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The ATL Interrogatories: 10 Questions with Gary Sasso of Carlton Fields

May 31, 2013
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Ed. note: This is the latest installment of The ATL Interrogatories. This recurring feature will give notable law firm partners an opportunity to share insights and experiences about the legal profession and careers in law, as well as about their firms and themselves.

Gary Sasso, president and CEO of Carlton Fields, represents business clients in securities fraud and consumer fraud class actions and other complex litigation at the trial and appellate level, in the financial services industry, energy sector, products manufacturing industry, and services sector. Before joining Carlton Fields in 1987, Mr. Sasso worked as a law clerk for Justice Byron R. White on the United States Supreme Court; and as a law clerk for Judge Spottswood W. Robinson, III, of the United States Court of Appeals for the District of Columbia.

1. What is the greatest challenge to the legal industry over the next 5 years?

Focusing on law firms, many are struggling with what they think they should be. None of us has a crystal ball, of course, and many firms are “all in” with fairly aggressive strategies in one direction or another (ranging from international “mega-firms” with massive investment in overhead to laser-focused boutiques) and everything in between. Neither stagnation nor contraction is a viable option. So the greatest challenge we all face is how to grow in a world fraught with risk. Focusing on individual lawyers in private practice, the greatest challenge is finding the right fit among law firms that are increasingly absorbed with these structural issues. As professionals, we all want more than a job and a pay check. We want a place where we can have highly fulfilling work with colleagues we respect, like, and trust.

2. What has been the biggest positive change to the legal profession since the start of your career?

Our profession has become much more diverse and inclusive. This has made us better and truer to our professed values.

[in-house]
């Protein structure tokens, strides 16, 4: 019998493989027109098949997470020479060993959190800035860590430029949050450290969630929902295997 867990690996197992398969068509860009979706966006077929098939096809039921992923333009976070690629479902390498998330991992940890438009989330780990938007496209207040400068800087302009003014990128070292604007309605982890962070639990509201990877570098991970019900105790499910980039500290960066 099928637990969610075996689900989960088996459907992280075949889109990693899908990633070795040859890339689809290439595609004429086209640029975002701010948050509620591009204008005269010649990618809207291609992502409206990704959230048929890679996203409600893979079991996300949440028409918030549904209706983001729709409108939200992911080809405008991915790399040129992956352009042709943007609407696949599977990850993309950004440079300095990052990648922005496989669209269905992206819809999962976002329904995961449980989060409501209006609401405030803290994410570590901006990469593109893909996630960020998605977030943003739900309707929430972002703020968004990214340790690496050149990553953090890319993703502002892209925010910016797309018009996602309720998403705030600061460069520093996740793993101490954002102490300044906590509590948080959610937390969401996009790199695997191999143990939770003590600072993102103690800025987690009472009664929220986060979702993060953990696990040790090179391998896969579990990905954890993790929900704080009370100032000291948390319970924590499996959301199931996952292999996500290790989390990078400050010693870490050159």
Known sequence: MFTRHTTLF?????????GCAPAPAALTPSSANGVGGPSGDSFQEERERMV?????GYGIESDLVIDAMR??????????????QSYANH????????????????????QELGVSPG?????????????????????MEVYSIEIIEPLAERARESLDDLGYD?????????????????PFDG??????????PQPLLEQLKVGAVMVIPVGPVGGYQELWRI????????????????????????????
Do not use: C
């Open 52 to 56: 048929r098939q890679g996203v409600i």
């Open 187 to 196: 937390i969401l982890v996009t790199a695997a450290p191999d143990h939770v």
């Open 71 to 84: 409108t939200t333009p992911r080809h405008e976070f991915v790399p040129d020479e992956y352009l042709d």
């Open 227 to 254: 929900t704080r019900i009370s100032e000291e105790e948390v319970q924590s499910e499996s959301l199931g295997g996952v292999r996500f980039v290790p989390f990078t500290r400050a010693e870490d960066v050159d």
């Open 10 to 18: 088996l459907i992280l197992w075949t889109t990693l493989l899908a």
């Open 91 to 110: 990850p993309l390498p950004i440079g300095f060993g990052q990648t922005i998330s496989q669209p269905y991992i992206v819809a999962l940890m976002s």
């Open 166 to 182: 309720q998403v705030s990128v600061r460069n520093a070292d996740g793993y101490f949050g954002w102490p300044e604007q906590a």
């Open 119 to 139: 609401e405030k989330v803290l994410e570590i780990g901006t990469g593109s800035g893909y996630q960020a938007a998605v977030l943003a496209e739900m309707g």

3. What has been the biggest negative change to the legal profession since the start of your career?

Most “negatives” have countervailing “positives,” and we prefer to focus on those.

4. What is the greatest satisfaction of practicing law?

Helping a client in need.

5. What is the greatest frustration of practicing law?

Losing a meritorious case.

6. What is your firm’s greatest strength?

Our firm has many strengths. We offer great talent, client service, and depth of expertise in our core areas of practice while maintaining a lean business model. We strive to maintain a climate of mutual respect and support among all of our attorneys, government consultants, and staff and an unflagging commitment to professionalism, diversity, the Bar, access to justice, and our communities.

7. What is the single most important personal characteristic for a successful lawyer in your field?

Drive to be your best.

8. What is your favorite legally themed film or television show?

The most authentic trial practice movie ever made is My Cousin Vinny (affiliate link). When Sam Rothenstein warns Billy Gambini that Vinny could ask all the right questions on cross examination but get all the wrong answers and end up proving the prosecution’s case, he nailed what all trial lawyers need to know but often overlook. That said, one of my top three movie picks of all time is To Kill a Mockingbird (affiliate link), and I’m sure this has something to do with the legal theme of that movie.

9. What is your favorite legally themed book (fiction or non-fiction)?

Simple Justice: The History of Brown v. Board of Education and Black America’s Struggle for Equality (affiliate link) by Richard Kluger.

10. What would you have been if you weren’t a lawyer?

The leader of another business, a writer, or a professor.

 

Posted with permission by Above the Law Blog.


©2020 Carlton Fields, P.A. Carlton Fields practices law in California through Carlton Fields, LLP. Carlton Fields publications should not be construed as legal advice on any specific facts or circumstances. The contents are intended for general information and educational purposes only, and should not be relied on as if it were advice about a particular fact situation. The distribution of this publication is not intended to create, and receipt of it does not constitute, an attorney-client relationship with Carlton Fields. This publication may not be quoted or referred to in any other publication or proceeding without the prior written consent of the firm, to be given or withheld at our discretion. To request reprint permission for any of our publications, please use our Contact Us form via the link below. The views set forth herein are the personal views of the author and do not necessarily reflect those of the firm. This site may contain hypertext links to information created and maintained by other entities. Carlton Fields does not control or guarantee the accuracy or completeness of this outside information, nor is the inclusion of a link to be intended as an endorsement of those outside sites.

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